#9

Pericyte Migration From The Vascular Wall
In Response To Traumatic Brain Injury

Dore-Duffy P, Owen C, Balabanov R, Murphy S, Beaumont T, Rafols JA
MicroVasc Res 2000 Jul;60(1):55-69
Detroit Medical Center, Department of Neurology, MI 48201, USA
PMID# 10873515
Abstract

Any perturbation of the Blood-Brain Barrier, whether from changes in cell physiology or from direct injury, may result in MicroVascular Dysfunction and disease.

We examined, at the ultrastructural level, MicroVascular Pericyte responses in a well-defined model of Traumatic Brain Injury in the rat.

In areas close to the site of impact Cortical Pericytes underwent a number of changes within the first hour. Approximately 40% of Pericytes migrated from their MicroVascular location.

Migration occurred concomitant with a thinning of the Abluminal surface of the Basal Lamina and an accumulation of the Receptor for the Urokinase PlasMinogen Activator on the leading surface of the migrating cell.

Migrated Pericytes appeared viable and remained in a PeriVascular location in the adjacent Neuropil.

Nonmigrating Pericytes in the same section displayed Cytoplasmic alterations and Nuclear Chromatin changes consistent with a rapid degenerative process.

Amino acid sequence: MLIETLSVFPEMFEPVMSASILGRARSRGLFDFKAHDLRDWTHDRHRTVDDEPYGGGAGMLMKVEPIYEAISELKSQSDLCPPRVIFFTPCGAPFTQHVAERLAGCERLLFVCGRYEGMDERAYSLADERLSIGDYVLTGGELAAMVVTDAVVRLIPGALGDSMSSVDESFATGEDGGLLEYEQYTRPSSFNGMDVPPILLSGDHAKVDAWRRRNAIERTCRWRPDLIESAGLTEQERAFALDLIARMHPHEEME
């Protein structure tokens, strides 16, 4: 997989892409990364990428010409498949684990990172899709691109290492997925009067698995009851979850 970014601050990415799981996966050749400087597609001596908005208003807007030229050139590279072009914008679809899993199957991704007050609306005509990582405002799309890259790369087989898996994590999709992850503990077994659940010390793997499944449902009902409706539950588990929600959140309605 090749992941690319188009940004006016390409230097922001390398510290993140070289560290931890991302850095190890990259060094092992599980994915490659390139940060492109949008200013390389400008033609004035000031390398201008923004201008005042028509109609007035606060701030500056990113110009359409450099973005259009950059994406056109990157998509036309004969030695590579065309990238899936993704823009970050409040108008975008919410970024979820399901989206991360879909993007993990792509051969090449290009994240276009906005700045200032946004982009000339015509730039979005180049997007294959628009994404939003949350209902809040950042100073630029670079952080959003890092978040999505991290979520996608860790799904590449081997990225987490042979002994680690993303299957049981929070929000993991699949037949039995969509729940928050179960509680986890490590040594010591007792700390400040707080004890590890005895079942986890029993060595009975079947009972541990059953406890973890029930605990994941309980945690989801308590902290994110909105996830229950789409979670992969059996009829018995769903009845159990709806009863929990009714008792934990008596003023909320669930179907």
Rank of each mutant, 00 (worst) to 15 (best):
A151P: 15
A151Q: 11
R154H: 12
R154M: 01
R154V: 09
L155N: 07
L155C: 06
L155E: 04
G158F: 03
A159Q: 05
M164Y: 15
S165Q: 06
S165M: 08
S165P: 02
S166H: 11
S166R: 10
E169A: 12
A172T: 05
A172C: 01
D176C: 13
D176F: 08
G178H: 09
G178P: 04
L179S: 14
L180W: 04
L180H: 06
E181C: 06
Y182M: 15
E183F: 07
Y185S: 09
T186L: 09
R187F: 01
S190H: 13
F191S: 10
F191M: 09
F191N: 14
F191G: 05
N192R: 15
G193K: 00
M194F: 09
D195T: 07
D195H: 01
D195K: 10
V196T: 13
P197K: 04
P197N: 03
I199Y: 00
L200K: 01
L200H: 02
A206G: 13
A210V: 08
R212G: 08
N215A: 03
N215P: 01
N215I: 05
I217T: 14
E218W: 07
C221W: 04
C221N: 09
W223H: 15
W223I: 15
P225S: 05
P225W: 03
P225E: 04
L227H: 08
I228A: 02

Copyright 2000 Academic Press.



#10

Cellular Mechanisms Of CNS Pericytes

Rucker HK, Wynder HJ, Thomas WE
Brain Res Bull 2000 Mar 15;51(5):363-9
Meharry Medical College, Department of Anatomy and Physiology, Nashville, TN, USA
PMID# 10715555
Abstract

Three major functional roles have been ascribed to Pericytes associated with Central Nervous System MicroVasculature: Contractility, regulation of Endothelial Cell activity, and Macrophage activity.

A host of different cell factors and signalling agents appear to be involved with these cellular functions, some effecting the Pericyte and others produced by this cell.

These include NeuroModulators, Vasoactive Peptides, Metabolic Factors, Growth Factors and Cytokines.

The specific compounds and their actions are collectively viewed in an effort to provide an overall picture of the regulation of Pericyte functional activity.

This small Vascular Cell is emerging as a significant entity in several Physiological processes through the functions of above.

These processes include control of blood flow, regulation of Vascular development and Immune Responses. Defining the regulatory agents and their mechanisms is key to understanding the role that Pericytes play in these processes.

Because these cells have begun to receive increasing attention in NeuroBiological studies, an overview of signalling properties should be timely and beneficial.



#11

Role Of Central Nervous System MicroVascular Pericytes In Activation Of Antigen-Primed Splenic T-Lymphocytes

Balabanov R, Beaumont T, Dore-Duffy P
J NeuroSci Res 1999 Mar 1;55(5):578-87
Wayne State University School of Medicine and Detroit Medical Center, Department of Neurology, Michigan 48201, USA
PMID# 10082080
Abstract